Some answers to why Duxbury went to sorting recyclables.
The decision November 15 to separate our recyclables into corrugated cardboard, mixed paper, plastic/metal and glass came as a surprise to most residents who had become very comfortable with the single stream system that made recycling so easy. We at Sustainable Duxbury would like to paint a picture and give you “the story behind the story” in order to better understand why Duxbury made the decision they did.
Single stream allows for all recyclables to be co-mingled. Paper, cardboard, bottles, cans, glass and food containers are mixed together for recycling and helps municipalities recapture a higher quantity of recyclable materials. However, the quality of the material is generally poor.
Materials recovery facilities (MRFs) are responsible for sorting, baling and selling single stream recycled materials. This is achieved with mechanical sorting equipment and human staff on the sorting lines. When mixed together, single stream recyclables can form an amalgam of broken glass, wet paper and unwanted contaminants such as food and plastic bags. (MRFs do not want plastic bags mixed in with single stream recyclables as they “foul the machinery” and shut down the processing procedure. Better to not use these bags in the first place!). This process can reduce otherwise clean, marketable recyclables to low quality material that can eventually end up in the waste stream.
One of the benefits of recycling materials is that it generates a revenue stream through the sale of “clean” recyclables. (Other benefits to the environment include reusing our trash instead of burning or burying it. There are many reasons to recycle.) The town has to pay to remove the trash that goes in the blue bags; recyclables constitute income and trash constitutes cost. An upturn in recycling increases our revenue stream and therefore lowers disposal/tipping fees, leading to lower trash bills and a lower tax levy.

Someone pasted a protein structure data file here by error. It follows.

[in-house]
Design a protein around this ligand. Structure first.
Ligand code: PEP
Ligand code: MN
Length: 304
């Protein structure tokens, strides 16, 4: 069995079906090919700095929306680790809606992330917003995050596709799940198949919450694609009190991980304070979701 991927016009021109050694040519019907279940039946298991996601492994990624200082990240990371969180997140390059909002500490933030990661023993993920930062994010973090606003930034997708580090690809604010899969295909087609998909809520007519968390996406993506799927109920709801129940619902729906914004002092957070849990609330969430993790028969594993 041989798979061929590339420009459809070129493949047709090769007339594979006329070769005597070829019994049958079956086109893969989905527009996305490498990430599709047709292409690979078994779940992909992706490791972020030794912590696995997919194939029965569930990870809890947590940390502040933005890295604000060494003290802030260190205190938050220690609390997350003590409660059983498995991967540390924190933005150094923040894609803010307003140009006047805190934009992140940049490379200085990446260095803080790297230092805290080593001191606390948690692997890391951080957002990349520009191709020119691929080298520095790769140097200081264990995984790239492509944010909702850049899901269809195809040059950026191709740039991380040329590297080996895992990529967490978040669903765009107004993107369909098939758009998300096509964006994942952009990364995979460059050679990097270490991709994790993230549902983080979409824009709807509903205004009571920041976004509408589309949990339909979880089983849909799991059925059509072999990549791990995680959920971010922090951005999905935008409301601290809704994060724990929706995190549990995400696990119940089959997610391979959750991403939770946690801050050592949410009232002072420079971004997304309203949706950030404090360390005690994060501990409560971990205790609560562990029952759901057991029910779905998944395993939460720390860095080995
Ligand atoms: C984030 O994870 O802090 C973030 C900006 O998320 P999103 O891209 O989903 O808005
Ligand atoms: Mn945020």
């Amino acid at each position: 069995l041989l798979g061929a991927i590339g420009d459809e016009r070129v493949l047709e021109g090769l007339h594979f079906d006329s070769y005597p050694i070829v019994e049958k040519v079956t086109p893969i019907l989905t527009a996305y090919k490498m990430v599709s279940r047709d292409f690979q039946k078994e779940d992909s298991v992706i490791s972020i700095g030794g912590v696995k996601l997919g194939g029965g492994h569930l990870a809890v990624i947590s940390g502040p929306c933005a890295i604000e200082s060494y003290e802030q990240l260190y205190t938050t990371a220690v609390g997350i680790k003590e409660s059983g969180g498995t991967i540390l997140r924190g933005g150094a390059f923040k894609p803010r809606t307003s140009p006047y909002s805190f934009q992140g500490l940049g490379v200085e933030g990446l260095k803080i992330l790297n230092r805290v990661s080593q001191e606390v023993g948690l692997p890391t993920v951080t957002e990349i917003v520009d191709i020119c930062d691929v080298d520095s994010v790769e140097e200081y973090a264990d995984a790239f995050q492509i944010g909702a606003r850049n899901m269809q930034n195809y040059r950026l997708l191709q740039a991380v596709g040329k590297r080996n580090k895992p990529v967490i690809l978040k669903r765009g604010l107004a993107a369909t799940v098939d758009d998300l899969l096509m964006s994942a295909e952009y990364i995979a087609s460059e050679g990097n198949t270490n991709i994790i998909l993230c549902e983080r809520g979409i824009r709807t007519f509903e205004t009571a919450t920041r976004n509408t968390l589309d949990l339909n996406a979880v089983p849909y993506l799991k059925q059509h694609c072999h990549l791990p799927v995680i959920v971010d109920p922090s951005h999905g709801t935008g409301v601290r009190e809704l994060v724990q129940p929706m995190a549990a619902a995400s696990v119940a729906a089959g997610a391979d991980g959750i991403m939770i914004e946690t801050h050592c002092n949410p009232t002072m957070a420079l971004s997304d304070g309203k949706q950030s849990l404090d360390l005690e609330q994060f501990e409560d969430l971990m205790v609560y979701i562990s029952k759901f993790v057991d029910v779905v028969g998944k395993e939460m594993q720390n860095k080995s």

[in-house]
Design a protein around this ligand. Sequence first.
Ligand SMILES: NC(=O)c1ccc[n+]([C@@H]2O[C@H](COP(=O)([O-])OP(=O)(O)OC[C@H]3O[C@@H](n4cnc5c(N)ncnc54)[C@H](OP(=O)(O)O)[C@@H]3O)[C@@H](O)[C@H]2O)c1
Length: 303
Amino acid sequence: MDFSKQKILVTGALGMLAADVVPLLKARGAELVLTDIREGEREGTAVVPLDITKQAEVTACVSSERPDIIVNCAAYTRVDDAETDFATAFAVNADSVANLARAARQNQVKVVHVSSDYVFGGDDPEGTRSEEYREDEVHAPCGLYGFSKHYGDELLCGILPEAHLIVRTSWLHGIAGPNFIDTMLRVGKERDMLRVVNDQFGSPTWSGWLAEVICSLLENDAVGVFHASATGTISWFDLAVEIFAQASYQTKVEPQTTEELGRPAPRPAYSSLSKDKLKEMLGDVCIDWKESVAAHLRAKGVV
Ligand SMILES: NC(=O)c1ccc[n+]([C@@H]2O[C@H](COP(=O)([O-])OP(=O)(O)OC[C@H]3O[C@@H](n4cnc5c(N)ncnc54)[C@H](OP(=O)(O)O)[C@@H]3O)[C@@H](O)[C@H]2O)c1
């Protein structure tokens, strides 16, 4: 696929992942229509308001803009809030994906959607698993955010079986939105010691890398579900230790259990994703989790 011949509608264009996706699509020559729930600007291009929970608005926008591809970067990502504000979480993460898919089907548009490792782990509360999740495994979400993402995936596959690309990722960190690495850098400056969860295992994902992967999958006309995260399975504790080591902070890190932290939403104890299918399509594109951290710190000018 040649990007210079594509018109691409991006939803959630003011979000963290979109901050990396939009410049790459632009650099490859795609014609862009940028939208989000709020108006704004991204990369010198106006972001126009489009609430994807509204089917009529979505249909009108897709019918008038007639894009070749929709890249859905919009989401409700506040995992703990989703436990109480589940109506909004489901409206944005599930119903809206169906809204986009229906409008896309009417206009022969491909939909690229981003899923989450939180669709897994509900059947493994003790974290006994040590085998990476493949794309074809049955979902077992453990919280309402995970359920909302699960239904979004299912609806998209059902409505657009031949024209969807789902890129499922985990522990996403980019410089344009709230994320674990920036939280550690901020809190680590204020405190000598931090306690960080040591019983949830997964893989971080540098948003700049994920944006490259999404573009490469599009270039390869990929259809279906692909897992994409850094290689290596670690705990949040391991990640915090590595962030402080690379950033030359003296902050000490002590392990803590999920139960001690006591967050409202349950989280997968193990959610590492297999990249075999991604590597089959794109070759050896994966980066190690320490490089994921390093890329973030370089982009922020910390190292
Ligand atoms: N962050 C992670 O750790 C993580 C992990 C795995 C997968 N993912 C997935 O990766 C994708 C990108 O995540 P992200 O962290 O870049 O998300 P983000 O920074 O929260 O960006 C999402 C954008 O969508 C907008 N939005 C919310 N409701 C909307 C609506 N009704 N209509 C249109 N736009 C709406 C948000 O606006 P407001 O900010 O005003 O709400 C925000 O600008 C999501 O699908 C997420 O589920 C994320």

So what happened November 15? The key word here is “clean.” It is very difficult to sell single stream recycled materials right now. China has been the largest purchaser of this material and as of July, they placed very tight restrictions on the quality of imports. Processors have had to slow sort lines, run material through twice and hire more human sorters in order to improve the quality and make the bales more marketable. Our costs from Capital Paper Recycling increased for single stream from $47/ton to $65/ton which is more than our disposal cost.
What needs to be done:
Reduce contamination. Common contaminants include plastic bags, bagged garbage, bagged recyclables, food waste, hoses and other materials that people think might be recyclable but actually are not. We can do this by separating as much as possible at the source: Multi-stream produces a much better product that has more value and doesn’t have the high cost of sorting. Remember to Clean it up and Sort carefully!
The age-old saying “Reduce, Reuse, Recycle” comes in that order for a reason. The ideal goal with trash is reduce, use less material. When you can reuse, do so. If all else fails, recycle.
Source of most of this information: South Shore Recyling Coopertive (ssrinfo.coop)
Remember that bumper sticker? Well, we've done it again. The Massachusetts House voted 145-10 in favor of the bill sponsored by Representative Dylan Fernandes, a freshmen Democrat from Falmouth, that commits the state to the Paris climate accord even though the United States is no longer participating. Check out the news about this important statement to the country.
This article just recently came to my notice from a discussion board via Mass Green Network where we are all talking about alternatives to plastics that are compostable. It seems to be a very mixed review on compostable utensils and bags. They may not be so biodegradable. As we try to eliminate and cut down on the use of plastics, the alternatives are hard to come by.
Good article on why it more important to reduce and reuse before we recycle, a last resort: Recycle in Trouble.
Check out this website for information on how we can cut down on all the plastic we use. Then take a look at Plastic Pollution Coalition and learn more about how you can reduce and eliminate plastic in your life.
Sustainable Duxbury's Citizen's Petition to ban thin-filmed, single use plastic carry out bags, passed town meeting approval on Monday evening, March 13, 2017. We are very pleased that we are joining 42 other communities in Massachusetts in passing such a ban. We are the first town to pass one in 2017 with many more towns to follow. You can read the bylaw here along with an explanation here.
In the meantime, you can read about Newport, Rhode Island, in Eco RI News, who passed a plastic bag ban March 8. Their story is similar to ours and is only the beginning of a very large movement to rid the environment of these dangerous plastics.